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There are plenty of interests that are sensible to encourage in children, like painting, but few of those prospects could be as precious as giving them the gift of reading. Just imagine going through life without ever knowing how to read and the large extent to which that inability would impact your life. You wouldn’t be able to read road signs, restaurant menus, movie captions, or books.
Out of all of those mentioned things that you’d miss out on, books could be the most devastating loss. From them, we can learn to communicate better. We can be inspired to reach in regard to our own creativity. We can let our imaginations run free to take a moment out of the stresses of everyday life.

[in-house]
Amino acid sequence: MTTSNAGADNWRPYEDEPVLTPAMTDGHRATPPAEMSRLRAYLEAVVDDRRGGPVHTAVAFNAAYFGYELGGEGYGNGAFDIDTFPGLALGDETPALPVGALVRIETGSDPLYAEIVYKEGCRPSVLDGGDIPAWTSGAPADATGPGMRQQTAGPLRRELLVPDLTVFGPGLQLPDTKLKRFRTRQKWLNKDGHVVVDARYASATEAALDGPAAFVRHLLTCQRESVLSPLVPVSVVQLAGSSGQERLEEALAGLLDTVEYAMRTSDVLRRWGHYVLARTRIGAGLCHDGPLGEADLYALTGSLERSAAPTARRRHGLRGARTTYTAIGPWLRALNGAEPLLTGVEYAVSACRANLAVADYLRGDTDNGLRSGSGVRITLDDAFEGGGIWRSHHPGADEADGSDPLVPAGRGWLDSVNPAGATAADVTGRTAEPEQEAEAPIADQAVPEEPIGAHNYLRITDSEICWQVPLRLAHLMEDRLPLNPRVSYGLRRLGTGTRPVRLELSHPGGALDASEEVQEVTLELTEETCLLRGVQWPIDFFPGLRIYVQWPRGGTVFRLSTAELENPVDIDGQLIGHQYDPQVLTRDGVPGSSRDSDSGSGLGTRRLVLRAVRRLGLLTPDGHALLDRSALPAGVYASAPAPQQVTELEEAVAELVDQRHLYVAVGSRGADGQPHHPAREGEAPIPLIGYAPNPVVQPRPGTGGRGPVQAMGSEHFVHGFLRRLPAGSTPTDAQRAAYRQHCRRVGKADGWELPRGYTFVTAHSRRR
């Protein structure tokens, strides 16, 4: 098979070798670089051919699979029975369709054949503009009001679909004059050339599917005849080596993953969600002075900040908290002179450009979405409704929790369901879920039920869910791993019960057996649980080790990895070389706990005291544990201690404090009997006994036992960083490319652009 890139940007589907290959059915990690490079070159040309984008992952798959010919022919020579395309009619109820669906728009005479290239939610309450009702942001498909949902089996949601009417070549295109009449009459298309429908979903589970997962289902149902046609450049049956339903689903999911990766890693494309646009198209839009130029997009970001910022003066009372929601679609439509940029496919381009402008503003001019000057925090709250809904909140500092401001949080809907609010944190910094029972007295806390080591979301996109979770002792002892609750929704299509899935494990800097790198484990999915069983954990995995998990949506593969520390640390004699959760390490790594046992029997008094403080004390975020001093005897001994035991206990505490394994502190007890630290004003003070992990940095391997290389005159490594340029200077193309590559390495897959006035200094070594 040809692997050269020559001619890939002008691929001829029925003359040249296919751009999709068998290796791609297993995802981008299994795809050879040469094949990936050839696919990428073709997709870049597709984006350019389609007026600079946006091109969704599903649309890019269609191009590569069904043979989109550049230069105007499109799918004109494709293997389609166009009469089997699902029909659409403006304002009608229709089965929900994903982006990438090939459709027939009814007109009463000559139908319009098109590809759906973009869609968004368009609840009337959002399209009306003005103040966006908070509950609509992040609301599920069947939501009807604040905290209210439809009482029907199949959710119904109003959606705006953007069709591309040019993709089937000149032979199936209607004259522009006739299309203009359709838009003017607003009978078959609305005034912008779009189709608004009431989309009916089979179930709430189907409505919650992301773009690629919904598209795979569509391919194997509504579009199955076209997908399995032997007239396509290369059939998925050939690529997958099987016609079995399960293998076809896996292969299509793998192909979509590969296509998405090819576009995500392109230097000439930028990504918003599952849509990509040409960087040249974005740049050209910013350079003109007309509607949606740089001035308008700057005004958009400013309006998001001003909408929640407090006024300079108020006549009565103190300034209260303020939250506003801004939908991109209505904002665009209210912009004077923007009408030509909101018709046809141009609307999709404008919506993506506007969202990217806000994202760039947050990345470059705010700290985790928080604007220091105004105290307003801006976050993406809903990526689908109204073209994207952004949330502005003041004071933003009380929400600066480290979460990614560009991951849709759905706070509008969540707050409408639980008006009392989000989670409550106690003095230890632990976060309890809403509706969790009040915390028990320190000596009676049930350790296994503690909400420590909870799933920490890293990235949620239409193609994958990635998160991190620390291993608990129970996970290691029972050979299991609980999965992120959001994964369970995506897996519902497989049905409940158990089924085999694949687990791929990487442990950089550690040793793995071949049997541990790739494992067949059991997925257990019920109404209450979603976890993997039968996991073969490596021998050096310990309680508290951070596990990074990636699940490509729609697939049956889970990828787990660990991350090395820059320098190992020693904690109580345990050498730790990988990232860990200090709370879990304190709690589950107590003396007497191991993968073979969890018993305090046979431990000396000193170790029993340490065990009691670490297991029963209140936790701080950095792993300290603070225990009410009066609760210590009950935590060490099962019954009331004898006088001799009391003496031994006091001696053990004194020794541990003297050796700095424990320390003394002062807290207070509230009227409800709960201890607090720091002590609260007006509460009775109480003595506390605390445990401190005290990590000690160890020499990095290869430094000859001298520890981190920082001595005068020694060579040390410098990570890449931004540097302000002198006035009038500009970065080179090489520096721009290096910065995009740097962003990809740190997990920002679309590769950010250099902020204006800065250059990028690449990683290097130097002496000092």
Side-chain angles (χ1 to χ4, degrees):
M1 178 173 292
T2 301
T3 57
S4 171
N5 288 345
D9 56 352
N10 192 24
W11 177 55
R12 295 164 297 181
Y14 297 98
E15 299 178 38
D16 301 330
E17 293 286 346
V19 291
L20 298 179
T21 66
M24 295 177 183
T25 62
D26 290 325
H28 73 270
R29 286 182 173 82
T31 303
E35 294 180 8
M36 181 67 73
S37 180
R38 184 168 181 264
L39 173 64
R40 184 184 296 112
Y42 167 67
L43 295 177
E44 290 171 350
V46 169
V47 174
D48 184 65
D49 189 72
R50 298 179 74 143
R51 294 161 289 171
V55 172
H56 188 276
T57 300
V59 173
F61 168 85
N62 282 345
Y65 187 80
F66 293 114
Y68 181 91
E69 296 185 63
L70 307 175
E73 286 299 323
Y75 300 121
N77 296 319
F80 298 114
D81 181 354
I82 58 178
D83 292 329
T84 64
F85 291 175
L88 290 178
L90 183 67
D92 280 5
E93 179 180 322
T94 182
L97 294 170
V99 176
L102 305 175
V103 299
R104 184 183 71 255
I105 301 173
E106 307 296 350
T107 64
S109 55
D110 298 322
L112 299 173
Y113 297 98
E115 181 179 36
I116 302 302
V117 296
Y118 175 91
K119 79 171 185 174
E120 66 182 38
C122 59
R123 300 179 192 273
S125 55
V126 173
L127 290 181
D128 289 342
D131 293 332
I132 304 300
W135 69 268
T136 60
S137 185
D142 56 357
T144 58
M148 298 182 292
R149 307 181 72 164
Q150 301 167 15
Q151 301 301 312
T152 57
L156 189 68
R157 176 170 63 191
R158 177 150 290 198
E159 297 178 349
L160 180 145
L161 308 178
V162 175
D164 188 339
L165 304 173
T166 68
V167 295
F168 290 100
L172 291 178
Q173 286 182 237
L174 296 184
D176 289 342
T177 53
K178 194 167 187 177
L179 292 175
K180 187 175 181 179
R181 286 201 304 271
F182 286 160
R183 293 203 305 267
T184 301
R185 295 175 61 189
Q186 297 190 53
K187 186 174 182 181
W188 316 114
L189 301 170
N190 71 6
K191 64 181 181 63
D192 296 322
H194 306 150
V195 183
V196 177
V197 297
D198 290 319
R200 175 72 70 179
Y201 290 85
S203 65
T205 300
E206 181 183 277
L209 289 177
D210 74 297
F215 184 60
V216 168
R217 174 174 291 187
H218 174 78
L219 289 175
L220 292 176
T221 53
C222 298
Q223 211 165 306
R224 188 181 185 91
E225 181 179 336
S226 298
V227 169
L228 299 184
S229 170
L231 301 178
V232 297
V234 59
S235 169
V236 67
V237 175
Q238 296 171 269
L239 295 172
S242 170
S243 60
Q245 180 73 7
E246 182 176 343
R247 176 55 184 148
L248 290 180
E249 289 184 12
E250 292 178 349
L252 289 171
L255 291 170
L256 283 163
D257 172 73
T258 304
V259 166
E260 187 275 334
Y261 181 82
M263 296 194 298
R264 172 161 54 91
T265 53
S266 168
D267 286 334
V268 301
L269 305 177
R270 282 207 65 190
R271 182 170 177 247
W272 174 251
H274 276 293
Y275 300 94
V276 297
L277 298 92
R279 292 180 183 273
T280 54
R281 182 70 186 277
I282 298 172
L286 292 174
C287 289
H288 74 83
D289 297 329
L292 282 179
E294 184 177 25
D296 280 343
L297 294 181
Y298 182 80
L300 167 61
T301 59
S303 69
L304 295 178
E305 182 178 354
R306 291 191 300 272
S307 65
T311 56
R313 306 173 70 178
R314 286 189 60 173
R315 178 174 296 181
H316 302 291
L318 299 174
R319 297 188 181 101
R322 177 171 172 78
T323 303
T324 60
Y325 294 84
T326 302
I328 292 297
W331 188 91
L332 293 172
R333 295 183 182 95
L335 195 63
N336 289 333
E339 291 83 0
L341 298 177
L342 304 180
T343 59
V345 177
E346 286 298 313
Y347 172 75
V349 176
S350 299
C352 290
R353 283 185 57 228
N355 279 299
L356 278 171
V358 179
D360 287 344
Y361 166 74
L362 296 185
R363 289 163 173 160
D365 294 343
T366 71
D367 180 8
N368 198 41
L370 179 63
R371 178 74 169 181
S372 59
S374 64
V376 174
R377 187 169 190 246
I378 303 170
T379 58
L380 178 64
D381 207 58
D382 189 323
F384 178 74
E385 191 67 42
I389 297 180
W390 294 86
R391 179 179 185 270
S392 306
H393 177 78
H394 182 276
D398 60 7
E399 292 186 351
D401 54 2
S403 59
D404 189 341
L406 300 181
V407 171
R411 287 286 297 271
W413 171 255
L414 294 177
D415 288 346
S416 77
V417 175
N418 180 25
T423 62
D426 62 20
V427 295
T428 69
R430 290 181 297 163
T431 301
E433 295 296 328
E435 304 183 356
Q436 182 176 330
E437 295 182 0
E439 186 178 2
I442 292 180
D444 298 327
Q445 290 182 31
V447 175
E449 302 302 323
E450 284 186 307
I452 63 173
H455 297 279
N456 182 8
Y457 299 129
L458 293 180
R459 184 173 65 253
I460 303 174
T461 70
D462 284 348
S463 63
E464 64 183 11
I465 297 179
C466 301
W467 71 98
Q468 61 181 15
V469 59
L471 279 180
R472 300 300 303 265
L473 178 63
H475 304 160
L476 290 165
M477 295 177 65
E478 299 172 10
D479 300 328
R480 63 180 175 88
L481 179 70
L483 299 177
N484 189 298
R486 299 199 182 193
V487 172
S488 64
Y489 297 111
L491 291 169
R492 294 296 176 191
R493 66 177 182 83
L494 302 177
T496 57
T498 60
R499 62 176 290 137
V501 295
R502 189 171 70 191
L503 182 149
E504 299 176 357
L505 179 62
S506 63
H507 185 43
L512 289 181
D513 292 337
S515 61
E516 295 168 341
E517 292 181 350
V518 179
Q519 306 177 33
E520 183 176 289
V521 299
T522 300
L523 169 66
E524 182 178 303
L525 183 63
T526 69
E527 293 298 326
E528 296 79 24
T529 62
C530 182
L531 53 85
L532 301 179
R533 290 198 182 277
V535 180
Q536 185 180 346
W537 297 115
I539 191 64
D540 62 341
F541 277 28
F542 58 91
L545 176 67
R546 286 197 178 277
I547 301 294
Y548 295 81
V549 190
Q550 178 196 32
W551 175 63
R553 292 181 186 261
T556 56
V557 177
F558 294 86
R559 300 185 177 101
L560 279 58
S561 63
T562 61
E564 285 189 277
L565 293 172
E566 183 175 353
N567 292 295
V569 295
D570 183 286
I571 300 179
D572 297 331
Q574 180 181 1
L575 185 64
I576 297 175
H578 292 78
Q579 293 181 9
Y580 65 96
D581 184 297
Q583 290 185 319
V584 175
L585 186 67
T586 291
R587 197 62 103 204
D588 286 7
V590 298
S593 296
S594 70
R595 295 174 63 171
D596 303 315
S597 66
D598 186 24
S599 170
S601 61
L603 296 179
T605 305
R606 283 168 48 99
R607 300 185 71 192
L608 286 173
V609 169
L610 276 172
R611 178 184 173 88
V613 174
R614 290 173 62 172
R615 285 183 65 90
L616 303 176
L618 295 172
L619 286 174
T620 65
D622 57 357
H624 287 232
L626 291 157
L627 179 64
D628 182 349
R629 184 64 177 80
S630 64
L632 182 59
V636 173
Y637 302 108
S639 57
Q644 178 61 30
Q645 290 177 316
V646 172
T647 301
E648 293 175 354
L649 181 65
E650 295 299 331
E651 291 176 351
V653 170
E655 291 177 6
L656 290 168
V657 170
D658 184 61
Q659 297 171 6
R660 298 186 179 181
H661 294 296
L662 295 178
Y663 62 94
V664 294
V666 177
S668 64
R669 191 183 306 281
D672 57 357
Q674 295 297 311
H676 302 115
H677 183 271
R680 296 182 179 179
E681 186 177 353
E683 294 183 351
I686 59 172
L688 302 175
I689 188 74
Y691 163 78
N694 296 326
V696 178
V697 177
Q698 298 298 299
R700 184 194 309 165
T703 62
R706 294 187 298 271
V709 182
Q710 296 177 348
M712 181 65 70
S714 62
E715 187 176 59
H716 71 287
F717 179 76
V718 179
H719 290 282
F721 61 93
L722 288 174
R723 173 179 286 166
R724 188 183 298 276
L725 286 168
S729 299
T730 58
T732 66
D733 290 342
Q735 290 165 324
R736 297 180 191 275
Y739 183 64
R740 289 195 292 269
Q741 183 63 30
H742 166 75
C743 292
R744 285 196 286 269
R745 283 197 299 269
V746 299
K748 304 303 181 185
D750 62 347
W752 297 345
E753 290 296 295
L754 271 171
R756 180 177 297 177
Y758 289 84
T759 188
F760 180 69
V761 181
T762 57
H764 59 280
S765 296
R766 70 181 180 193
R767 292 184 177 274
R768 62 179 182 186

We can enjoy them, dive into them, and live in someone else’s shoes for a while, and that’s a wonderful thing! But in order for literacy to lead to those details, a child has to decide to use their literacy in that way—something beyond reading road signs and questions on a school exam. Something needs to encourage them to pick up books and start exploring them.
This is an idea that hits close to home for me because I lost my appreciation of reading books for years since I’d been forced to deal with so many that I didn’t care so much about through my school years, and it wasn’t until I went to college and started reading outside of classroom assignments that I started adoring literature. Choosing the wrong books, I know from experience, can lead to a distaste for reading in someone who would be a committed reader if their book selections were something more interesting to them.